We’ve prepared a number of depreciation schedules on prestige residential units recently and thought to offer some insight into some of the major depreciable components and overall deductions. One particular prestige development was “The Residence” on Hyde Park. The development comprises 87 luxury apartments over 23 levels with unparalleled views of Sydney’s city skyline and harbour. The unique design includes a lobby lounge, lap pool, spa, sauna, steam room, gymnasium, private dining facilities and a wine storage area. The price range was listed at 3.5 to 16 million for a unit within the building, with most of the units being around the lower end of that range. In terms of rental, at the time of our first inspection in early 2013, a handful of residence apartments were offered from around $2,000 per week for a two-bedroom apartment and $3,000-$3,500 a week for a three-bedroom apartment. One of the units we were involved in represented a rental yield of 3.7%. This kind of yield is not particularly attractive given that the median gross rental yield across Australia’s eight capital cities at the time was 4.2% for the quarter ending February 28, 2013, with over 6% yields for houses in Darwin.
But let’s get to the depreciation deductions. Considering one of the units around the 3.5-4m mark, you could expect to see around 1.3m worth of total depreciation deductions over the life of the property, this equates to around 35% of the purchase price, which shows how the “percentage of purchase price” method is a little dodgy. For a brand new unit, this ratio is rather low for prestige units. However, there’s a very good reason for this and it all comes down to non-depreciable items. Investors may be familiar with non-depreciable items such as plants, turf and other soft landscaping as prescribed by the ATO. However, the largest non depreciable part of a purchase price is the land value itself. We’ve had many questions from clients asking why their total depreciation over the life of the property does not equal the purchase price. Certainly older properties with a written down value will result in their total depreciation being lower, but the land value is the number one reason for the majority of the difference. What’s particularly unique to prestige units is that they’re located on parcels of land with a huge land value, and the purchase price includes the market premium that purchasers are willing to pay for the location and especially the view!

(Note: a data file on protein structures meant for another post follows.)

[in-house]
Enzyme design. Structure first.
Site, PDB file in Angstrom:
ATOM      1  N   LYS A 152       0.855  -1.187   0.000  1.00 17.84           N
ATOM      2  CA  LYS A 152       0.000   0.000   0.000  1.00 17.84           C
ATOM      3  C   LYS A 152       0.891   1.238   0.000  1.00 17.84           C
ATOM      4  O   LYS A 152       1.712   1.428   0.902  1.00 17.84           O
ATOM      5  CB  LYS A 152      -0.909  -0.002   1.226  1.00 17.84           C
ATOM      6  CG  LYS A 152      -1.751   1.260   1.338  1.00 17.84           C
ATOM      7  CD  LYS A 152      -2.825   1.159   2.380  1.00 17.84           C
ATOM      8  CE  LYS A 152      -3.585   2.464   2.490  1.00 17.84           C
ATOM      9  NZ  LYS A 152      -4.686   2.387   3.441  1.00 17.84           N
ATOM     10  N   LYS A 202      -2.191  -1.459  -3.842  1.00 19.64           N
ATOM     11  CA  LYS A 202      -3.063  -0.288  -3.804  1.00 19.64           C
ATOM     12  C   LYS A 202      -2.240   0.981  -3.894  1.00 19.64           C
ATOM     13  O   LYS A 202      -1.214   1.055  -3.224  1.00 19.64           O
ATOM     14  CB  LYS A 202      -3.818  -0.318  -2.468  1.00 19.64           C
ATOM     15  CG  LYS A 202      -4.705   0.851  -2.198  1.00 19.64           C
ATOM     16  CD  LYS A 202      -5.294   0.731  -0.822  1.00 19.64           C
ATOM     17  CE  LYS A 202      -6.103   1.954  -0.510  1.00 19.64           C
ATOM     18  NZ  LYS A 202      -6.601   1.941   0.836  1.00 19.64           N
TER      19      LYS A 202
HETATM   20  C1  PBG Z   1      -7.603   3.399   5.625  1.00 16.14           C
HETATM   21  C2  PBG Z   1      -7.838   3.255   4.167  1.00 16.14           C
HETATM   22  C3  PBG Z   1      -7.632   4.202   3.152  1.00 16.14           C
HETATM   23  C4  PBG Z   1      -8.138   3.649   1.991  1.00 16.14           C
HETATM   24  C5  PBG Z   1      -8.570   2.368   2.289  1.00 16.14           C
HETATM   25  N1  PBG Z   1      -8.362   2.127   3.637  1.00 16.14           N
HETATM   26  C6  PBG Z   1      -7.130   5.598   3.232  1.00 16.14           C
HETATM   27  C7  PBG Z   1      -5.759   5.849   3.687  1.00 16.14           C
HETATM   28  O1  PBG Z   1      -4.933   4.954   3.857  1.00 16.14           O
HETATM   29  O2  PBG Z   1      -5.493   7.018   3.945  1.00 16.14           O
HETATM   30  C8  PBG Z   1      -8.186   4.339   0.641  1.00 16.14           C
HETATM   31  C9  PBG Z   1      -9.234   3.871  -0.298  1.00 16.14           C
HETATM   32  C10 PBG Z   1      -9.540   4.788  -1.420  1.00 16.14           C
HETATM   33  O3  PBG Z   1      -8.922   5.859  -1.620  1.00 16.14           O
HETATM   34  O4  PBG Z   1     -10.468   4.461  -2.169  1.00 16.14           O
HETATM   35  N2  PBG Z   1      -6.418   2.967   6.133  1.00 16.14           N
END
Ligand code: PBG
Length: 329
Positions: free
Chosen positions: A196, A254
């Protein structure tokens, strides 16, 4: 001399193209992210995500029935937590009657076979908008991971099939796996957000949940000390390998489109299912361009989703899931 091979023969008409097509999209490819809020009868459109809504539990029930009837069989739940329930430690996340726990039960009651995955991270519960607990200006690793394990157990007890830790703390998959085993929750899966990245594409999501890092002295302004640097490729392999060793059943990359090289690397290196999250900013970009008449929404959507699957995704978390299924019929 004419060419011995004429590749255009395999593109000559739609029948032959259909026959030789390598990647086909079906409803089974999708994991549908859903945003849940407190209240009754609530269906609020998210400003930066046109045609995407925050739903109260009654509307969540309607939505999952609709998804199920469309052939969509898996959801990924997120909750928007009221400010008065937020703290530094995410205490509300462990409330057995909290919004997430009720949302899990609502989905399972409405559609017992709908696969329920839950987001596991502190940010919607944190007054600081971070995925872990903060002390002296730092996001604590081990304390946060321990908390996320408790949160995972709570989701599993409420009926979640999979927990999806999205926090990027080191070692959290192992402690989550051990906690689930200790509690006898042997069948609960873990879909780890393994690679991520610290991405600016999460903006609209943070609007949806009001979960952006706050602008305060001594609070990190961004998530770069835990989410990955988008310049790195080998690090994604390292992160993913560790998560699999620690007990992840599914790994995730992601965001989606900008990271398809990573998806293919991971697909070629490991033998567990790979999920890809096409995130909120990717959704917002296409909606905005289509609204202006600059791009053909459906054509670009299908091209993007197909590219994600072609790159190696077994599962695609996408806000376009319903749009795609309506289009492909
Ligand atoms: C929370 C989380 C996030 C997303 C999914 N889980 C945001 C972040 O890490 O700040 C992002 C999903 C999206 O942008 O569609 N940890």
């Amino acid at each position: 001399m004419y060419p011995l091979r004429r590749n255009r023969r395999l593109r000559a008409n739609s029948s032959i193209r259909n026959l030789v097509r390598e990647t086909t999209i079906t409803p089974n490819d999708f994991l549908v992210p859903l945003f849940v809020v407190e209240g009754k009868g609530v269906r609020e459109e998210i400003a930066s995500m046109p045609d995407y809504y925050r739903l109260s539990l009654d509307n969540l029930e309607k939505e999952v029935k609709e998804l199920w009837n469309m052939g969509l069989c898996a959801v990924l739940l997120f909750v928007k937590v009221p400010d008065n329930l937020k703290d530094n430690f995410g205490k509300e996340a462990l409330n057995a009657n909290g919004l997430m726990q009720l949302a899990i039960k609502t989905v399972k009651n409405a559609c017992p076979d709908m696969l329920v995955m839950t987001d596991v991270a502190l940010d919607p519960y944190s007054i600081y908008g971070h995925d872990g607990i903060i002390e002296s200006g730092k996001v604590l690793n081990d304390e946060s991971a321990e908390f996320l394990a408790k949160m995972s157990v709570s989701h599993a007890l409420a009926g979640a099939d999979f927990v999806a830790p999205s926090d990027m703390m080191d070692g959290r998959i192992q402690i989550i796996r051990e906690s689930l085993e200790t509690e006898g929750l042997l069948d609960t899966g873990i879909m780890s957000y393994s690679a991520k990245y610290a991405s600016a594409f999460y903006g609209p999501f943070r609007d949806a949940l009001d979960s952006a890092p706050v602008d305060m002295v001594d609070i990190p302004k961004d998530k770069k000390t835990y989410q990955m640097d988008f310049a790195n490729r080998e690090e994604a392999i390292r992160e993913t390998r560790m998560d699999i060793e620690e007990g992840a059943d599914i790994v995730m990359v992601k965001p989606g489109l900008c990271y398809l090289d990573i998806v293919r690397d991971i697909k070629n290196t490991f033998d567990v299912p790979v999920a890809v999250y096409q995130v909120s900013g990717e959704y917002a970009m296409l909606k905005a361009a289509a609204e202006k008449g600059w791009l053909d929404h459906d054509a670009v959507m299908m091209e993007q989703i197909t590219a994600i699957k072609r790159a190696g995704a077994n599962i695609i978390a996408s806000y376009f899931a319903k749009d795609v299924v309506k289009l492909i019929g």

Depreciation deductions within prestige units are boosted by high quality finishes. We’ve prepared reports where the plant and equipment items (excluding the common areas) exceed $100,000 in total depreciation. Some assets that are common in prestige units are designer gas fireplaces, automated blinds, heated towel rails and top of the line cooking appliances. Common areas in The Residence included a steam room, sauna, lap pool, and entertaining suite and individual humidity and climate controlled wine storage bays for each unit. In fact, we uncovered 48 different ATO plant and equipment categories within the common property alone.
In summary, whilst the depreciation deductions for prestige units are significant, the ratio of depreciation deductions to purchase price does not compete with units closer to the median prices. However, prestige units are often purchased with the view of occupying the property down the track, or the allure of owning a unique slice of real estate. The investment returns are not always the basis behind the purchase.